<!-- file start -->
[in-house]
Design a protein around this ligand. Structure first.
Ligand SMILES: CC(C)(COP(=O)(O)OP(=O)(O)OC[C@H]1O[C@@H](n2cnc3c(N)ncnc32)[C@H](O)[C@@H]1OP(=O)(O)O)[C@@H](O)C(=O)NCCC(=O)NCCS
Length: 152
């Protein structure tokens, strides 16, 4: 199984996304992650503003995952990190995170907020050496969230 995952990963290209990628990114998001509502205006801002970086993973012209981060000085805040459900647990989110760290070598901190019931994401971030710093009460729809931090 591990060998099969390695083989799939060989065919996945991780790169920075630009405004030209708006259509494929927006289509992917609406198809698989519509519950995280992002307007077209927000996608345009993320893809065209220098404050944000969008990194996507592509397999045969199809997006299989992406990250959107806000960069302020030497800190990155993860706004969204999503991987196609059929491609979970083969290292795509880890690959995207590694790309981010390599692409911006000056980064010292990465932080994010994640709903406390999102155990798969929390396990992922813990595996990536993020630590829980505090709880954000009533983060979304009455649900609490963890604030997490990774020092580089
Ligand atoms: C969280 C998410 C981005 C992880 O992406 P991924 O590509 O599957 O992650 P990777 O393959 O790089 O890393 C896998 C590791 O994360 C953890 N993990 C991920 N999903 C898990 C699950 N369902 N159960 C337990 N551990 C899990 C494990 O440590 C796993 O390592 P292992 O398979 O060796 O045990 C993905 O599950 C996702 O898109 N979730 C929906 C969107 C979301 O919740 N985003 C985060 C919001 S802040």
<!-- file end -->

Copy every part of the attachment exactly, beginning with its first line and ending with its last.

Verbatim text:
[in-house]
Design a protein around this ligand. Structure first.
Ligand SMILES: CC(C)(COP(=O)(O)OP(=O)(O)OC[C@H]1O[C@@H](n2cnc3c(N)ncnc32)[C@H](O)[C@@H]1OP(=O)(O)O)[C@@H](O)C(=O)NCCC(=O)NCCS
Length: 152
């Protein structure tokens, strides 16, 4: 199984996304992650503003995952990190995170907020050496969230 995952990963290209990628990114998001509502205006801002970086993973012209981060000085805040459900647990989110760290070598901190019931994401971030710093009460729809931090 591990060998099969390695083989799939060989065919996945991780790169920075630009405004030209708006259509494929927006289509992917609406198809698989519509519950995280992002307007077209927000996608345009993320893809065209220098404050944000969008990194996507592509397999045969199809997006299989992406990250959107806000960069302020030497800190990155993860706004969204999503991987196609059929491609979970083969290292795509880890690959995207590694790309981010390599692409911006000056980064010292990465932080994010994640709903406390999102155990798969929390396990992922813990595996990536993020630590829980505090709880954000009533983060979304009455649900609490963890604030997490990774020092580089
Ligand atoms: C969280 C998410 C981005 C992880 O992406 P991924 O590509 O599957 O992650 P990777 O393959 O790089 O890393 C896998 C590791 O994360 C953890 N993990 C991920 N999903 C898990 C699950 N369902 N159960 C337990 N551990 C899990 C494990 O440590 C796993 O390592 P292992 O398979 O060796 O045990 C993905 O599950 C996702 O898109 N979730 C929906 C969107 C979301 O919740 N985003 C985060 C919001 S802040």